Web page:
It was a lot of fun and overall a great experience. I connected with people from different countries, and we had a great team. Then the pandemic started, and unfortunately, we had to cancel the World Congress. But a new opportunity came along to develop this region of the United States and Canada within IAPSS. This region has a lot of potential, but unfortunately, it didn’t have significant human resources up to this point. I live here, and I saw that I can help IAPSS develop its presence in North America. I think political science students in our region deserve much more in terms of opportunities and connections. Political science students deserve to have a community. That’s why I took responsibility to be leading this region.
Justin: All right. I guess it’s important for viewers to know that your position is an elected one. Right?
Justin: You’re elected by political science students in the USA and Canada to represent their interests, as we do lots of advocacy at the international level. Being from Canada myself, I can definitely relate to the fact that political science students in Canada and the US really need more opportunities to make their voices heard at the international level, especially because I know there isn’t necessarily a lot of engagement at that level. It’s more localized.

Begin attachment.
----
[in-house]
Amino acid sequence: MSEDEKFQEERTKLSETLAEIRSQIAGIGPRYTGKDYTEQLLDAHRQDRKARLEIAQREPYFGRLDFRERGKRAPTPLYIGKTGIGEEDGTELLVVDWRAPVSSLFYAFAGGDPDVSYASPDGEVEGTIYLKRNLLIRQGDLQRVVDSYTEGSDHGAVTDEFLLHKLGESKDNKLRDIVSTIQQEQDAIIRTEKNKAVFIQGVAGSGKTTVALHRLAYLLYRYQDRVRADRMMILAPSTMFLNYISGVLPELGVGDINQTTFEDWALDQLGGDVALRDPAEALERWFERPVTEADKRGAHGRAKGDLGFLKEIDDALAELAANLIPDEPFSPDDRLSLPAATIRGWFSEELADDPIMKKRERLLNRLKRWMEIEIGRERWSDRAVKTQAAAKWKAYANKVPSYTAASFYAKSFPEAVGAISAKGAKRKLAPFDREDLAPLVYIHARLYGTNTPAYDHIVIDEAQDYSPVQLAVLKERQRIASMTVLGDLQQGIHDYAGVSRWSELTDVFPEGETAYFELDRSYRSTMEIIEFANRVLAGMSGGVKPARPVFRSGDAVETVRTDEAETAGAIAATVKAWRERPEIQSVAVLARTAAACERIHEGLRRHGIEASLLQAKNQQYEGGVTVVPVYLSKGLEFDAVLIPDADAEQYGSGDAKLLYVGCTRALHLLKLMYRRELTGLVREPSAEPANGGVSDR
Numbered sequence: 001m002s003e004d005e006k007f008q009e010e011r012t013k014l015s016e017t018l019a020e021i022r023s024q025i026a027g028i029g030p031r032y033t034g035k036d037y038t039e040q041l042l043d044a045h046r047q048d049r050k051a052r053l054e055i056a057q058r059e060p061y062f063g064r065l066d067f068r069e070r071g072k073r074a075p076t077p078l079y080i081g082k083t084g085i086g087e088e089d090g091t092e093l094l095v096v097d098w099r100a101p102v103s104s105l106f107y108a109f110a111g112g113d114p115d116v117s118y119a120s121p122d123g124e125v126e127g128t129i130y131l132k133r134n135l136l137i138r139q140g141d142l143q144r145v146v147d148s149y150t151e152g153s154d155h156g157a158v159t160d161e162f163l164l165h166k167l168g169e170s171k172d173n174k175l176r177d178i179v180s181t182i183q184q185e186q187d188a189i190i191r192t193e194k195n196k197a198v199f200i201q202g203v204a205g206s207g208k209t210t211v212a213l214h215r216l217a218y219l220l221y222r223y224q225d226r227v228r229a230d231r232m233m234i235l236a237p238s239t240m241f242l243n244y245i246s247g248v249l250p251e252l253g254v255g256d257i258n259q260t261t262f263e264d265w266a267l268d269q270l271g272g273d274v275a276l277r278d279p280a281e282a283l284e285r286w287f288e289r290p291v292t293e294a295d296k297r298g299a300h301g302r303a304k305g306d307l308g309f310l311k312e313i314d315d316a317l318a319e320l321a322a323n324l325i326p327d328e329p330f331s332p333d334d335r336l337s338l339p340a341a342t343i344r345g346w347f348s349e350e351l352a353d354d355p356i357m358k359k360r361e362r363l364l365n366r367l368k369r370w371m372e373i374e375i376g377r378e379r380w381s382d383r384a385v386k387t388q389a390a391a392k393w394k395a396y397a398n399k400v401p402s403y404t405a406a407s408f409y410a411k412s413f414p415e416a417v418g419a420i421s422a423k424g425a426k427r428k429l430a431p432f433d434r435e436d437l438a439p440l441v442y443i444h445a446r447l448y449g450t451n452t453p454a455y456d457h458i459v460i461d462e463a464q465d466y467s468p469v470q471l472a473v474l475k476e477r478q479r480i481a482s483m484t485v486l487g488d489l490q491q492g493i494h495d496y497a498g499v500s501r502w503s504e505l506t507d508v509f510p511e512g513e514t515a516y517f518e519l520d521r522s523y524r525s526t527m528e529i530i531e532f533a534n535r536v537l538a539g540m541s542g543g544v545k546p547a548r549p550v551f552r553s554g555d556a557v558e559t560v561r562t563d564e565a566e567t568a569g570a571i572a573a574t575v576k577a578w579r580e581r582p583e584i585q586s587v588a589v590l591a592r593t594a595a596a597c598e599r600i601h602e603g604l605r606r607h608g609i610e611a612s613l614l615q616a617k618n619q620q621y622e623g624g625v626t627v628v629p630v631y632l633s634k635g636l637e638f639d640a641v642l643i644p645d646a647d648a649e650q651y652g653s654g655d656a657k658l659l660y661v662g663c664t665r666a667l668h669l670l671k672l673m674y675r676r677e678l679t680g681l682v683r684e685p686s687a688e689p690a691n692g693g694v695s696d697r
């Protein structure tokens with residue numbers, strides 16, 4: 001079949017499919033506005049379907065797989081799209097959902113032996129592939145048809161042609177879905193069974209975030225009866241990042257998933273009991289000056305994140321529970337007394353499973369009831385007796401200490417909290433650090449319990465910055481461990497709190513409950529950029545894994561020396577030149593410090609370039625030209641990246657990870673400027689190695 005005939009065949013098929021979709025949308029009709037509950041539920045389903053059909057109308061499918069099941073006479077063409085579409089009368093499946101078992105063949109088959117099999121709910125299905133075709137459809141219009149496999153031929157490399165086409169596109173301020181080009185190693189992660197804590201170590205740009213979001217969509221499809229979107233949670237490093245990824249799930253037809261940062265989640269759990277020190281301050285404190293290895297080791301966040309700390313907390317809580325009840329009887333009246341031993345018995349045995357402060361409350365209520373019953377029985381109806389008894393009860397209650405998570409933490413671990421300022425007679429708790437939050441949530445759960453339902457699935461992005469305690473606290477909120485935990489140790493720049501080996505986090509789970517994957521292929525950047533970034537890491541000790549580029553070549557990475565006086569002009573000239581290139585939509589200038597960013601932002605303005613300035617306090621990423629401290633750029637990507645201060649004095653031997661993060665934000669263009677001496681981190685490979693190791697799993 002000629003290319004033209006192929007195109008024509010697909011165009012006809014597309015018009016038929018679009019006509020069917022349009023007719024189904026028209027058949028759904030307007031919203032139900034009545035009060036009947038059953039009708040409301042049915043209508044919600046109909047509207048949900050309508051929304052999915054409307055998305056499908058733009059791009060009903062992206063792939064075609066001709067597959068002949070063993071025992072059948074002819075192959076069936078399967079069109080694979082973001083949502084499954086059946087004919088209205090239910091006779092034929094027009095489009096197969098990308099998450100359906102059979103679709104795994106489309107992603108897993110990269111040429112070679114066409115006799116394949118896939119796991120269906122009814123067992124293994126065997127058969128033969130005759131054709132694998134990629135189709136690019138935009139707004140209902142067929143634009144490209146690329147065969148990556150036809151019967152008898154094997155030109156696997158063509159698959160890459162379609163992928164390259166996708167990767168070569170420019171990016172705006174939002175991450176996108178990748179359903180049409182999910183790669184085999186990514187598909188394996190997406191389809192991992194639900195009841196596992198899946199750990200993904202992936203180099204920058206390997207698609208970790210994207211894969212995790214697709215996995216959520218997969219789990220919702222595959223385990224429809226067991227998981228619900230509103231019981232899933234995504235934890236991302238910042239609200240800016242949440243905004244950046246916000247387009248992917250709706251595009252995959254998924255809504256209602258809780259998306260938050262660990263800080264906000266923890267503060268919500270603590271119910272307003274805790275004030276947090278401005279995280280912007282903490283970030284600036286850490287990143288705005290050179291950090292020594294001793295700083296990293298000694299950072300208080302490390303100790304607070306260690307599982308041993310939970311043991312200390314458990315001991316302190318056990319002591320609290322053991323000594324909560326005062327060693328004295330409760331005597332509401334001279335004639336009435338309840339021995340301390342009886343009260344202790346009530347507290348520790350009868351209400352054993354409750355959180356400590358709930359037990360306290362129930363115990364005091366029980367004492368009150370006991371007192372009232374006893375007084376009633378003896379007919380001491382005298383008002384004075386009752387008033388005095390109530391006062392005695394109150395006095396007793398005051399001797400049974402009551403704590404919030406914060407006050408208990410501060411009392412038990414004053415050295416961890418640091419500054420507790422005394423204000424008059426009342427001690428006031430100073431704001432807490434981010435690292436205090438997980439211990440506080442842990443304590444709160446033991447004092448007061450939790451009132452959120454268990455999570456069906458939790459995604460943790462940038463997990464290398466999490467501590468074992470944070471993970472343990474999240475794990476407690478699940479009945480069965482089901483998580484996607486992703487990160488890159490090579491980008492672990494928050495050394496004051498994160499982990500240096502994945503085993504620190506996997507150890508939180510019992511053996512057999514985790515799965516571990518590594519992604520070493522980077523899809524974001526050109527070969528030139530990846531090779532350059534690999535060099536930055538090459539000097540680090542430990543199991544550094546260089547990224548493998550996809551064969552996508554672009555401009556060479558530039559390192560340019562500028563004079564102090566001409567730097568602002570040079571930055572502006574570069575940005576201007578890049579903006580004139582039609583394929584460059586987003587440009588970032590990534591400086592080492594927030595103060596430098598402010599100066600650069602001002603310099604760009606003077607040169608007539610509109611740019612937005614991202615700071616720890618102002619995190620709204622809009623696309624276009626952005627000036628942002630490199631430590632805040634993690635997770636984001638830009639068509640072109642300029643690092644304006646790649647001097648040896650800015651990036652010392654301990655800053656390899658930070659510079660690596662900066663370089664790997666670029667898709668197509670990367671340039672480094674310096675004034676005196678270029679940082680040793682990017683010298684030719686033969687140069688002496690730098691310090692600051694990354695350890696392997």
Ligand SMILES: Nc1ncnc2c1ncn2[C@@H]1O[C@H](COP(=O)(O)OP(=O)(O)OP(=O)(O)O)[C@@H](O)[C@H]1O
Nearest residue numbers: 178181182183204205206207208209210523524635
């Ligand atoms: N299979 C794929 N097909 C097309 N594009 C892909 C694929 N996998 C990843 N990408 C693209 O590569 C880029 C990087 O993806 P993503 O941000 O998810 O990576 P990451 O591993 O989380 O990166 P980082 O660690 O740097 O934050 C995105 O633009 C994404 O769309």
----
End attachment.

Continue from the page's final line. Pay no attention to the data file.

In the US, especially, we saw the United States Student Association’s collapse a few years ago, which has greatly hindered student’s ability down there to make their voice heard and unite on a national level. They have student movements and stuff, but without that democratic student government, it’s a bit more of a challenge. It’s not as reliable. It’s sporadic. With this being said, how has your term as IAPSS USA and Canada Chair been so far? Are there any particular accomplishments that you’re proud of that you may be like to highlight?